As 2015 winds down, I had a the awesome pleasure of taking my nephew out to play while he and his family came to NJ to visit for Christmas. While watching Zach on the playground with other kids, I was so delighted to sit, relax with my cup of java and just unplug and enjoy seeing kids play and make friends.
And then I looked around. . . parents, grandparents, babysitters, they were all there, but on some sort of phone or tablet. I often say something about how I wish folks would enjoy life vs. trying to capture pictures of it -but not even that was happening - they were completely plugged into whatever was on their device. This post isn't meant to judge adults for the decisions they make to use their phone when they get a quiet moment while the kids are otherwise engaged, but rather call out an opportunity to just enjoy life - to sit in silence and not feel the need to "do something" but to just be. To be still and watch kids running around with big smiles, to be present enough that when a child calls your name to look and see what they can do - you can actually see it.
It reminds me of a child in dance class last year, parents were invited to come in and see choreography and one girl was so upset because her mom was there- but outside and visible from the window. She was on her phone, possibly on an important call, or making plans for her daughter's playdate, or something else. But in that moment, the girl just felt like all she wanted was her mom to be there -to be present, and in that moment of emotions she blurted out "She's always on her phone." It felt like a dagger to me - because I thought of times when it seems that I'm so busy that I don't engage either.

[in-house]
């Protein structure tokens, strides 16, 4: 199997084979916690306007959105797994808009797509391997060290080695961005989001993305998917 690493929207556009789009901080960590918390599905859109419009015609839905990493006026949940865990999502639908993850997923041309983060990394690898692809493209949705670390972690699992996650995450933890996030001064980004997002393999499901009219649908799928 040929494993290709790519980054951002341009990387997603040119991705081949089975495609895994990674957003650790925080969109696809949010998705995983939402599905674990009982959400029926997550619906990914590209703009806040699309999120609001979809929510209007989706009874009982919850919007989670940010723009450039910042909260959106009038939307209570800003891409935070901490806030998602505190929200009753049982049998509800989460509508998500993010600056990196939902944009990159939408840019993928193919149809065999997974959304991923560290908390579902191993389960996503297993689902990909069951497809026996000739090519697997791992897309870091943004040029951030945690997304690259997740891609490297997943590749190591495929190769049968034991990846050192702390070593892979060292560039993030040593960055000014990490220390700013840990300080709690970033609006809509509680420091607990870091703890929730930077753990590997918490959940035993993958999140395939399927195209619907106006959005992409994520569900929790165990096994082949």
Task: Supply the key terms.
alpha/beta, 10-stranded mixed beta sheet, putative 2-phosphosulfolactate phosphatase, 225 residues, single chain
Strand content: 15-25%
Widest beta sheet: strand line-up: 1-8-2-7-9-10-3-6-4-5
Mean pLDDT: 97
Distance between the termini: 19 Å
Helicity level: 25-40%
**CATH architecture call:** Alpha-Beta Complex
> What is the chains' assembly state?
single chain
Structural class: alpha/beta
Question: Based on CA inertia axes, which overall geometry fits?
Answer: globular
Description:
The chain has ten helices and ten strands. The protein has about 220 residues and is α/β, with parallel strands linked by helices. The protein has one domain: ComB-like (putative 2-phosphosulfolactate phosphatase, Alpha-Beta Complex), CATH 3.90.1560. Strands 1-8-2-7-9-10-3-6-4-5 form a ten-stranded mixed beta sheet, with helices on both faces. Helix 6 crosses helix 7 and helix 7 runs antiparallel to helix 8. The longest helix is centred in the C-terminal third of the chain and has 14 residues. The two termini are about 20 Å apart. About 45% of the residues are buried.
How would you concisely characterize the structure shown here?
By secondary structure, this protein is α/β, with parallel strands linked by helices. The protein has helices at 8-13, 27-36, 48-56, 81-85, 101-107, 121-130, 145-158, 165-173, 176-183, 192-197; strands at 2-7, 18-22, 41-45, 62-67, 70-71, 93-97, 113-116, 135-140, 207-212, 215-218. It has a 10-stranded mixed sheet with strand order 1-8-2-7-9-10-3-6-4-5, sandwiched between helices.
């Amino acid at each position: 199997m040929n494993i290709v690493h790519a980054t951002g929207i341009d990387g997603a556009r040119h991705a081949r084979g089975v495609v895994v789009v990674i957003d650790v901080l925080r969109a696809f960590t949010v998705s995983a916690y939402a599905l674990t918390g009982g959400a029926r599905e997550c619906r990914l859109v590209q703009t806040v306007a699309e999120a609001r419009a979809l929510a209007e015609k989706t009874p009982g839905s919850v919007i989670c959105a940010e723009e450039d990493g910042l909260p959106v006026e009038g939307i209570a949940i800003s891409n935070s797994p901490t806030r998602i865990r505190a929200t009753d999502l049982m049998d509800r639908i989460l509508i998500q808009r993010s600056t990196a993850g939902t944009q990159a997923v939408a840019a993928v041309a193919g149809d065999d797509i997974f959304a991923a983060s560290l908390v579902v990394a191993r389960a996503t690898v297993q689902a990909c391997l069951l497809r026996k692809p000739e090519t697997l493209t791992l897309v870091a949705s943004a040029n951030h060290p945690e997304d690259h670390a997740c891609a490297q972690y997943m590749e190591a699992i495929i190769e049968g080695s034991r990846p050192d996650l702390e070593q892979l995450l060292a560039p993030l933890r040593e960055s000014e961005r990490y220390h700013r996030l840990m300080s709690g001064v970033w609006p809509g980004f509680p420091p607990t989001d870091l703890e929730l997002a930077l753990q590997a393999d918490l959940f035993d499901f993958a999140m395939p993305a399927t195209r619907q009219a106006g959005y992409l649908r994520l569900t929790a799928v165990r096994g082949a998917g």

We adults spend time talking about what we have to do, what needs to get done, where we have to drive. I think the greatest gift we can give to ourselves, to children and families, is to simply be present. Put down the phone, shut off notifications for a bit, be present. Choose to look up and see what the child wants you to see, engage in that conversation with your spouse, call your dad, make some memories.
I'm going to give it a go. I enjoyed watching Zachary play. I felt really flippin awesome that when he wanted to show off for me, I was already looking - I was smiling and waving to him - filling his heart and mind with the knowledge that his aunt loves him. I'm going to start with 5 minutes a day - to be totally present for someone else, and in turn, I think I'll find myself happier and more relaxed. If it's not 5 minutes a day, it's okay, it's the effort made to make a difference. What will you do to make 2016 great? Will you be present?
Modern Motion Dance School